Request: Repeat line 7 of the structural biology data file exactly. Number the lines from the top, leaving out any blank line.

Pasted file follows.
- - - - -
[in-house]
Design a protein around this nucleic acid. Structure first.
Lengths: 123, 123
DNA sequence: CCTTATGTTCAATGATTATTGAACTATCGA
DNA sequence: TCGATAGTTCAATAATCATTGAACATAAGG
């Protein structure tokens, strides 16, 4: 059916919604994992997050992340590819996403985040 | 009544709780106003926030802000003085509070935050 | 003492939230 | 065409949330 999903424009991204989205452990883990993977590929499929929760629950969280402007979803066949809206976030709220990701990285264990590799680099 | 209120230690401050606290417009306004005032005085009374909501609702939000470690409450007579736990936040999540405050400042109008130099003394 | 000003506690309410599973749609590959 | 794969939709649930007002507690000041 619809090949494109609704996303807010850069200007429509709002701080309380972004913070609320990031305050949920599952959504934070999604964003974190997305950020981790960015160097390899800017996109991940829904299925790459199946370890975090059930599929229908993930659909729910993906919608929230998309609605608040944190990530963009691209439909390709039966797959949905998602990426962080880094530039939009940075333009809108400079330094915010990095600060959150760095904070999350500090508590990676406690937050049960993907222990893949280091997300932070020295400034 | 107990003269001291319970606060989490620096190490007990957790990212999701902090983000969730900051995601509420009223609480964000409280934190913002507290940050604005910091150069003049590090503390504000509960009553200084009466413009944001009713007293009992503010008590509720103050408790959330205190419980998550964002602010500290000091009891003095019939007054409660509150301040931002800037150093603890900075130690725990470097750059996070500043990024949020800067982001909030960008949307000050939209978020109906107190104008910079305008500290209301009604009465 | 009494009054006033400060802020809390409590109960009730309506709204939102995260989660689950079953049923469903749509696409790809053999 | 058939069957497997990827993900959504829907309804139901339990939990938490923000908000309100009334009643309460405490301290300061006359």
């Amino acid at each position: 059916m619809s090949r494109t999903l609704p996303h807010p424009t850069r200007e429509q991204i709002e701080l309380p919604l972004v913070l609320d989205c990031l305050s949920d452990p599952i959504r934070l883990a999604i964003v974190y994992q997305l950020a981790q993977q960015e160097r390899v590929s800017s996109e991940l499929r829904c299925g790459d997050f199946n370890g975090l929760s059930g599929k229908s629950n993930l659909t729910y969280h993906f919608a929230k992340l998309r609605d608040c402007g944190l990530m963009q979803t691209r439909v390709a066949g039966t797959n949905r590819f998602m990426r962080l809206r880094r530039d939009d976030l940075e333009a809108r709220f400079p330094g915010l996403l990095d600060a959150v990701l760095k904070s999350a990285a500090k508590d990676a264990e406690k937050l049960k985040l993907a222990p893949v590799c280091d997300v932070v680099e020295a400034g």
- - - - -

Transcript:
């Amino acid at each position: 059916m619809s090949r494109t999903l609704p996303h807010p424009t850069r200007e429509q991204i709002e701080l309380p919604l972004v913070l609320d989205c990031l305050s949920d452990p599952i959504r934070l883990a999604i964003v974190y994992q997305l950020a981790q993977q960015e160097r390899v590929s800017s996109e991940l499929r829904c299925g790459d997050f199946n370890g975090l929760s059930g599929k229908s629950n993930l659909t729910y969280h993906f919608a929230k992340l998309r609605d608040c402007g944190l990530m963009q979803t691209r439909v390709a066949g039966t797959n949905r590819f998602m990426r962080l809206r880094r530039d939009d976030l940075e333009a809108r709220f400079p330094g915010l996403l990095d600060a959150v990701l760095k904070s999350a990285a500090k508590d990676a264990e406690k937050l049960k985040l993907a222990p893949v590799c280091d997300v932070v680099e020295a400034g």